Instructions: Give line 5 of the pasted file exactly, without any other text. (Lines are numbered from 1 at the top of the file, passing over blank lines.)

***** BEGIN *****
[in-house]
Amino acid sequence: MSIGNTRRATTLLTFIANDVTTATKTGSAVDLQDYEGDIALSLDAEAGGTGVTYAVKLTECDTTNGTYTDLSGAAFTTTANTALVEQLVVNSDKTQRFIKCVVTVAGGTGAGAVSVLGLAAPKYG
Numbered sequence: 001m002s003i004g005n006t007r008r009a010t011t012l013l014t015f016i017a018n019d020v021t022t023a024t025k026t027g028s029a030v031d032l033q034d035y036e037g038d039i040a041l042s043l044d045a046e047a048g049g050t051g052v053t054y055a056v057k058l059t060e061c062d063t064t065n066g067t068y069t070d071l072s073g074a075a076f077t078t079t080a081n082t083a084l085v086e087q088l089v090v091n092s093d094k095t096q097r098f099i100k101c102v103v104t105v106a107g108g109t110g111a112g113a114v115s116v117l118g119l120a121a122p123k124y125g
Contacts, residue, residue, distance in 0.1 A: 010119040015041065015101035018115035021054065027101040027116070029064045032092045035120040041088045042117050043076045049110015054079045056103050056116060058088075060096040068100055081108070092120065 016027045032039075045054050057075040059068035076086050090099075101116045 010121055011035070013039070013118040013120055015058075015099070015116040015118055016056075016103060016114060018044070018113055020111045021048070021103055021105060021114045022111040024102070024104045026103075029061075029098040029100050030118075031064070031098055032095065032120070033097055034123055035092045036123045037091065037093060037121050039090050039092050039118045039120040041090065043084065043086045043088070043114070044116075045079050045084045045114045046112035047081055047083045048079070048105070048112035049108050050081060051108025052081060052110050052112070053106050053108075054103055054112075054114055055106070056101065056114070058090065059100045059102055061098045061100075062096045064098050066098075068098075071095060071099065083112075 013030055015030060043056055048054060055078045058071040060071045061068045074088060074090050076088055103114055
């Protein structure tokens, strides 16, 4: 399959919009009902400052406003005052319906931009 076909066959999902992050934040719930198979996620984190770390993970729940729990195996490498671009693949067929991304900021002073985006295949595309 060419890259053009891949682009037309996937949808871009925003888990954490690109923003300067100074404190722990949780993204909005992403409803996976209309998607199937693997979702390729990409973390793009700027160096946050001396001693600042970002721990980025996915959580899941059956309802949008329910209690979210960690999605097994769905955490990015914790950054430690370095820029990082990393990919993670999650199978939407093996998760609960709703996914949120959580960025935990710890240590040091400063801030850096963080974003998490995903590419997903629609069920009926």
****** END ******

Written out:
């Protein structure tokens, strides 16, 4: 399959919009009902400052406003005052319906931009 076909066959999902992050934040719930198979996620984190770390993970729940729990195996490498671009693949067929991304900021002073985006295949595309 060419890259053009891949682009037309996937949808871009925003888990954490690109923003300067100074404190722990949780993204909005992403409803996976209309998607199937693997979702390729990409973390793009700027160096946050001396001693600042970002721990980025996915959580899941059956309802949008329910209690979210960690999605097994769905955490990015914790950054430690370095820029990082990393990919993670999650199978939407093996998760609960709703996914949120959580960025935990710890240590040091400063801030850096963080974003998490995903590419997903629609069920009926």